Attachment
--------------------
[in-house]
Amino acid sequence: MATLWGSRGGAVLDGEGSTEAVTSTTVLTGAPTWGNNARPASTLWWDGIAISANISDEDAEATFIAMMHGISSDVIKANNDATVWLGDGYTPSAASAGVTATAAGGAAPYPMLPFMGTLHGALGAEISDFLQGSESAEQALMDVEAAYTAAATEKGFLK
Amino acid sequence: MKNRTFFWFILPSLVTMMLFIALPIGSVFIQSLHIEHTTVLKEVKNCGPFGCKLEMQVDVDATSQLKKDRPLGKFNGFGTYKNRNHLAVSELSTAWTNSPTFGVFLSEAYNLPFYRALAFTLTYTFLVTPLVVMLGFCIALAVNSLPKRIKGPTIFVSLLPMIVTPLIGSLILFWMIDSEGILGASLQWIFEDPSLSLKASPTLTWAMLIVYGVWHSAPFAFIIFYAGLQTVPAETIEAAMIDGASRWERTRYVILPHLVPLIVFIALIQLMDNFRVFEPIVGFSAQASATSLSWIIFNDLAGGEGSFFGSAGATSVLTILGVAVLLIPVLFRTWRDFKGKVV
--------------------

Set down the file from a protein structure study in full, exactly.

[in-house]
Amino acid sequence: MATLWGSRGGAVLDGEGSTEAVTSTTVLTGAPTWGNNARPASTLWWDGIAISANISDEDAEATFIAMMHGISSDVIKANNDATVWLGDGYTPSAASAGVTATAAGGAAPYPMLPFMGTLHGALGAEISDFLQGSESAEQALMDVEAAYTAAATEKGFLK
Amino acid sequence: MKNRTFFWFILPSLVTMMLFIALPIGSVFIQSLHIEHTTVLKEVKNCGPFGCKLEMQVDVDATSQLKKDRPLGKFNGFGTYKNRNHLAVSELSTAWTNSPTFGVFLSEAYNLPFYRALAFTLTYTFLVTPLVVMLGFCIALAVNSLPKRIKGPTIFVSLLPMIVTPLIGSLILFWMIDSEGILGASLQWIFEDPSLSLKASPTLTWAMLIVYGVWHSAPFAFIIFYAGLQTVPAETIEAAMIDGASRWERTRYVILPHLVPLIVFIALIQLMDNFRVFEPIVGFSAQASATSLSWIIFNDLAGGEGSFFGSAGATSVLTILGVAVLLIPVLFRTWRDFKGKVV